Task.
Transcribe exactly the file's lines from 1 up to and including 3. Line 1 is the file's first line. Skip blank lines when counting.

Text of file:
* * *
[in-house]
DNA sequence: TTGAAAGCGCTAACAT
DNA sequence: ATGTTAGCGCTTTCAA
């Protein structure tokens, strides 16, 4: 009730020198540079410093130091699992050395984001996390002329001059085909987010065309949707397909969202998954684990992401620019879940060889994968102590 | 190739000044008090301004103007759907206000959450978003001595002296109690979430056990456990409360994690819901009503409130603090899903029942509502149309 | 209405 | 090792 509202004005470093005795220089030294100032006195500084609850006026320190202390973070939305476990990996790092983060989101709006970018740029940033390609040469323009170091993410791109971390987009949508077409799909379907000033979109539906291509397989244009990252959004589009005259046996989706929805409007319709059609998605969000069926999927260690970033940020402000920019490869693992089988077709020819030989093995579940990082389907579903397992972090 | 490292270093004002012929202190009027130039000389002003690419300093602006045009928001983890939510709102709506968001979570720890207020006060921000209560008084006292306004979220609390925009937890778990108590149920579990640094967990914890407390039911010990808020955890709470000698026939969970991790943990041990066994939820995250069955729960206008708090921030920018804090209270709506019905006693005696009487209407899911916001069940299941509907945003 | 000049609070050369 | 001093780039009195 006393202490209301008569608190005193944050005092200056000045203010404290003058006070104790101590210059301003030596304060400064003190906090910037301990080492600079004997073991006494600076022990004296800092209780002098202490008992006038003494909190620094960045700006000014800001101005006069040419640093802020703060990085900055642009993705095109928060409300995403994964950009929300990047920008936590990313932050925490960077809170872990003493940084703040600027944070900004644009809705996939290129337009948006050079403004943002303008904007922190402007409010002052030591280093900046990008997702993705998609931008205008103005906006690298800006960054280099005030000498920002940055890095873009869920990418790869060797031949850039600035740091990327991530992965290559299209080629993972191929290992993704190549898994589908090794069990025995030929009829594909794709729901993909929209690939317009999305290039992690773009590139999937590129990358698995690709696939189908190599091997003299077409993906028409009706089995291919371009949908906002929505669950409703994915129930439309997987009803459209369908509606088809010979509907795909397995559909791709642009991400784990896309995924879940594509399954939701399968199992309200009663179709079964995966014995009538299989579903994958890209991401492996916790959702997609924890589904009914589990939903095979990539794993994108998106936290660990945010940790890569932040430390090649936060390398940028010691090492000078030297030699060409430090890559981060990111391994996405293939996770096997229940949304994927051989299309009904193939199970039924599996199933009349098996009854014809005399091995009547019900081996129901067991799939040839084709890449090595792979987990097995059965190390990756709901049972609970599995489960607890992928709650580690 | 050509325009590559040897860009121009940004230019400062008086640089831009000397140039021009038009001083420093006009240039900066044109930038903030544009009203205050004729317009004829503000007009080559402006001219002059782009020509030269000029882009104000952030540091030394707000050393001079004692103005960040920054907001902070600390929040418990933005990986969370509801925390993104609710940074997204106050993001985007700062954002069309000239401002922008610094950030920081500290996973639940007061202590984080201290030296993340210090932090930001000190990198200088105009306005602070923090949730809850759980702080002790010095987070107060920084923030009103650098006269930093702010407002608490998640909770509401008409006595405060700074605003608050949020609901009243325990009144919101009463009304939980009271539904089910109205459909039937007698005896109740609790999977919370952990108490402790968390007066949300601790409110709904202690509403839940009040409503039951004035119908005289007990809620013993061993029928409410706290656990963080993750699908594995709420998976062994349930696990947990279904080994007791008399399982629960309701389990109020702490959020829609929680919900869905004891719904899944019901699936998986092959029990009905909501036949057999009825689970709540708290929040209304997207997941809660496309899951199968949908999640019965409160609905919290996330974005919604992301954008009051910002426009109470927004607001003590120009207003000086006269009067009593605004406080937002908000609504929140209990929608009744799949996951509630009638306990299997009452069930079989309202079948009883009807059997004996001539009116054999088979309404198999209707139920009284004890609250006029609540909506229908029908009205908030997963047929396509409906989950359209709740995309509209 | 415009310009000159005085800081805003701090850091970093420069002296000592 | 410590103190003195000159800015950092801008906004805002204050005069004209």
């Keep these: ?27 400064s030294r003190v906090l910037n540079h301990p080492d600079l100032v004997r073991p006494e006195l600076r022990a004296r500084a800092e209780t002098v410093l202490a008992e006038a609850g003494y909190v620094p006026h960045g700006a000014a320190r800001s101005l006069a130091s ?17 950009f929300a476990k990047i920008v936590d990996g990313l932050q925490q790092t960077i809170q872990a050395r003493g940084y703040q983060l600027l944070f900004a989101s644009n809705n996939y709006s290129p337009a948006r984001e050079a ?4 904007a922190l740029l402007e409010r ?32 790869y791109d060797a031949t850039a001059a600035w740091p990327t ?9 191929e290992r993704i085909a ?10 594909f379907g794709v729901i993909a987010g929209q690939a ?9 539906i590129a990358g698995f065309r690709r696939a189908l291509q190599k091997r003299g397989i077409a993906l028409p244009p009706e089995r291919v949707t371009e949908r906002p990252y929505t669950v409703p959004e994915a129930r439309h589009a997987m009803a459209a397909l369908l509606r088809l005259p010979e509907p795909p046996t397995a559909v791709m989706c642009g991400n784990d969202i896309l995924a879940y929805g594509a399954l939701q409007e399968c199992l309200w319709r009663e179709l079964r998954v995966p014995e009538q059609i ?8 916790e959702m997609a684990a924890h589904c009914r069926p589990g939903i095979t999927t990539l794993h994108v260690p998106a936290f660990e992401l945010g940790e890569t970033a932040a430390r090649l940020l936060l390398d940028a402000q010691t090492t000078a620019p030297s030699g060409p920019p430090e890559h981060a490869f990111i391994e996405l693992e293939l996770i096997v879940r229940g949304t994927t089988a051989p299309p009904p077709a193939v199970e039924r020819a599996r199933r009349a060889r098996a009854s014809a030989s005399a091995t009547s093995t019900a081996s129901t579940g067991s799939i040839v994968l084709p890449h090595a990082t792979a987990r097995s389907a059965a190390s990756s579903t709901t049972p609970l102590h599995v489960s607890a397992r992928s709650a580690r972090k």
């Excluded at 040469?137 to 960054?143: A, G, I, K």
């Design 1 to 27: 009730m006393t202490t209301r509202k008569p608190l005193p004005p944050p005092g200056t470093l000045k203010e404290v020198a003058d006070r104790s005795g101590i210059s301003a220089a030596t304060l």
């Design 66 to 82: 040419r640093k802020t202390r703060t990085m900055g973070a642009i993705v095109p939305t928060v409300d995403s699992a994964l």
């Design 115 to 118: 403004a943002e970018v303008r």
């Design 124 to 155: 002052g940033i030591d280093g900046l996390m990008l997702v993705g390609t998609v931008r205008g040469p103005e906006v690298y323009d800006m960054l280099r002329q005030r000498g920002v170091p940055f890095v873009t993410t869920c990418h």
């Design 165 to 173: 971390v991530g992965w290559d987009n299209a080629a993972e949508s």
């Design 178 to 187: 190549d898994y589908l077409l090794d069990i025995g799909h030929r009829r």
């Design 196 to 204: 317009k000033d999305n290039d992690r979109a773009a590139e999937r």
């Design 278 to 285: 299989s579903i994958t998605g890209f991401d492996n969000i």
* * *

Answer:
[in-house]
DNA sequence: TTGAAAGCGCTAACAT
DNA sequence: ATGTTAGCGCTTTCAA